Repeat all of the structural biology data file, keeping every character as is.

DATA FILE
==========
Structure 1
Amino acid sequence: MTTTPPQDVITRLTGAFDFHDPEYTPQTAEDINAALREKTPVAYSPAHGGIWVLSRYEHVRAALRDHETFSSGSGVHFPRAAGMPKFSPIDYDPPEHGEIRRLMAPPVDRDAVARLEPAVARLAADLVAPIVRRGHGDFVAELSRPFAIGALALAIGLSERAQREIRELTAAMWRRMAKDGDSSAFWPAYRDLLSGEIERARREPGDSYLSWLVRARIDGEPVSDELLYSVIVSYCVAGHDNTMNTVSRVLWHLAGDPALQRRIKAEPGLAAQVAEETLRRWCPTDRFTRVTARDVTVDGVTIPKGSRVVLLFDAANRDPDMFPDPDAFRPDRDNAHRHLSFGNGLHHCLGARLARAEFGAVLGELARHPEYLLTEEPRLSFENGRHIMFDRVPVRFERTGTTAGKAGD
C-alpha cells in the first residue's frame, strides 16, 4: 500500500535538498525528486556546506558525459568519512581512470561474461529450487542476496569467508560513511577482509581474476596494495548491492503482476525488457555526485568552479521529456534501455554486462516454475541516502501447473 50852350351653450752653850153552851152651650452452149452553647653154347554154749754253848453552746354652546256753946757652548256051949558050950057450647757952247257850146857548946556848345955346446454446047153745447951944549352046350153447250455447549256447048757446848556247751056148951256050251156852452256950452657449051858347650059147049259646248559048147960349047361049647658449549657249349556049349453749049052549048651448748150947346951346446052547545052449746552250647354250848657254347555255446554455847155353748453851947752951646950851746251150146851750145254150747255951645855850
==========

Structure 1
Amino acid sequence: MTTTPPQDVITRLTGAFDFHDPEYTPQTAEDINAALREKTPVAYSPAHGGIWVLSRYEHVRAALRDHETFSSGSGVHFPRAAGMPKFSPIDYDPPEHGEIRRLMAPPVDRDAVARLEPAVARLAADLVAPIVRRGHGDFVAELSRPFAIGALALAIGLSERAQREIRELTAAMWRRMAKDGDSSAFWPAYRDLLSGEIERARREPGDSYLSWLVRARIDGEPVSDELLYSVIVSYCVAGHDNTMNTVSRVLWHLAGDPALQRRIKAEPGLAAQVAEETLRRWCPTDRFTRVTARDVTVDGVTIPKGSRVVLLFDAANRDPDMFPDPDAFRPDRDNAHRHLSFGNGLHHCLGARLARAEFGAVLGELARHPEYLLTEEPRLSFENGRHIMFDRVPVRFERTGTTAGKAGD
C-alpha cells in the first residue's frame, strides 16, 4: 500500500535538498525528486556546506558525459568519512581512470561474461529450487542476496569467508560513511577482509581474476596494495548491492503482476525488457555526485568552479521529456534501455554486462516454475541516502501447473 50852350351653450752653850153552851152651650452452149452553647653154347554154749754253848453552746354652546256753946757652548256051949558050950057450647757952247257850146857548946556848345955346446454446047153745447951944549352046350153447250455447549256447048757446848556247751056148951256050251156852452256950452657449051858347650059147049259646248559048147960349047361049647658449549657249349556049349453749049052549048651448748150947346951346446052547545052449746552250647354250848657254347555255446554455847155353748453851947752951646950851746251150146851750145254150747255951645855850